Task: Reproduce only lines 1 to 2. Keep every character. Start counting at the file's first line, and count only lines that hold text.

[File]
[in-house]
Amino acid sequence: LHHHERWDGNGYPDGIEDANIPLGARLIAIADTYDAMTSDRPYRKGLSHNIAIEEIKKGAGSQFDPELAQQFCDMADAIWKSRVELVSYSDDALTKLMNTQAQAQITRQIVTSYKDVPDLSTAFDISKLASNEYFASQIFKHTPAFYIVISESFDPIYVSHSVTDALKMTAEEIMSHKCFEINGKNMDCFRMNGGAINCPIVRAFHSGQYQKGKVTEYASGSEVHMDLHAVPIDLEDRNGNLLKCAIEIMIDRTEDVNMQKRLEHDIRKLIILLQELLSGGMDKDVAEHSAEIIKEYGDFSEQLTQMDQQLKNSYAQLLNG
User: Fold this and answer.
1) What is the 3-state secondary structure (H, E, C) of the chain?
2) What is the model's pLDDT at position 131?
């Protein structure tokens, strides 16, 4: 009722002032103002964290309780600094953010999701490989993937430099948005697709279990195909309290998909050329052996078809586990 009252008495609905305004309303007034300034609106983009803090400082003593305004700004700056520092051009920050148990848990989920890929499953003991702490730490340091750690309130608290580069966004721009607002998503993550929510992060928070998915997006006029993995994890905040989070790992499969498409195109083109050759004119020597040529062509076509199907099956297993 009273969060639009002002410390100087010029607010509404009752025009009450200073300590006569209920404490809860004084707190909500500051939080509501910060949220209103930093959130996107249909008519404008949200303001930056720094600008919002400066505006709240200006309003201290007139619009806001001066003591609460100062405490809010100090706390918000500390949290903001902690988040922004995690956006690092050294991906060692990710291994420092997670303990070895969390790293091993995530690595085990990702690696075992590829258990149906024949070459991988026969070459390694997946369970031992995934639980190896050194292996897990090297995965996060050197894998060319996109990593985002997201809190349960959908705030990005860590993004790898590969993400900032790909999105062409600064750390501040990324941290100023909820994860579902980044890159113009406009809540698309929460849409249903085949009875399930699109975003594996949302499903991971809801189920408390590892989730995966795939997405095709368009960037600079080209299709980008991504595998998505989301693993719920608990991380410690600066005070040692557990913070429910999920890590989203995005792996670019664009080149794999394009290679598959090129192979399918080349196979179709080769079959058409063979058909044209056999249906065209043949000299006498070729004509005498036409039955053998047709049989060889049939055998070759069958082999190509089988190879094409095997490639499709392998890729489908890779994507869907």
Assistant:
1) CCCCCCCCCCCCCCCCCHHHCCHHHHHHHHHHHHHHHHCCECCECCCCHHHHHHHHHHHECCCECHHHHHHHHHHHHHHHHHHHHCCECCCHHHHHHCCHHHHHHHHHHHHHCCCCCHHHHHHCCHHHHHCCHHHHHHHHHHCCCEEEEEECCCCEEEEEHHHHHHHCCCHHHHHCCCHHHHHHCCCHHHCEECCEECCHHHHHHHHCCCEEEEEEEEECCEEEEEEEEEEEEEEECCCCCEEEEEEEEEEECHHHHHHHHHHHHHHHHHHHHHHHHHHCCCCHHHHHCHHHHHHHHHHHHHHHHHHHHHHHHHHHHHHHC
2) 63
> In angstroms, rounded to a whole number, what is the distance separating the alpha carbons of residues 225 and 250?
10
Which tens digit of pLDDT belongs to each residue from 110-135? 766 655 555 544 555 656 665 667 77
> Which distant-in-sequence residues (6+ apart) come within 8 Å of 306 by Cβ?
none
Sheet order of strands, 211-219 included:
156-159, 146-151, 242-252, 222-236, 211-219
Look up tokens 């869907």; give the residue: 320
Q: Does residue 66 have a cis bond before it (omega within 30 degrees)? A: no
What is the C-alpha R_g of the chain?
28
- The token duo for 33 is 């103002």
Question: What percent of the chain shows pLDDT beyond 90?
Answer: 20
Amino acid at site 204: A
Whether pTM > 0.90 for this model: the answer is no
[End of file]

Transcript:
[in-house]
Amino acid sequence: LHHHERWDGNGYPDGIEDANIPLGARLIAIADTYDAMTSDRPYRKGLSHNIAIEEIKKGAGSQFDPELAQQFCDMADAIWKSRVELVSYSDDALTKLMNTQAQAQITRQIVTSYKDVPDLSTAFDISKLASNEYFASQIFKHTPAFYIVISESFDPIYVSHSVTDALKMTAEEIMSHKCFEINGKNMDCFRMNGGAINCPIVRAFHSGQYQKGKVTEYASGSEVHMDLHAVPIDLEDRNGNLLKCAIEIMIDRTEDVNMQKRLEHDIRKLIILLQELLSGGMDKDVAEHSAEIIKEYGDFSEQLTQMDQQLKNSYAQLLNG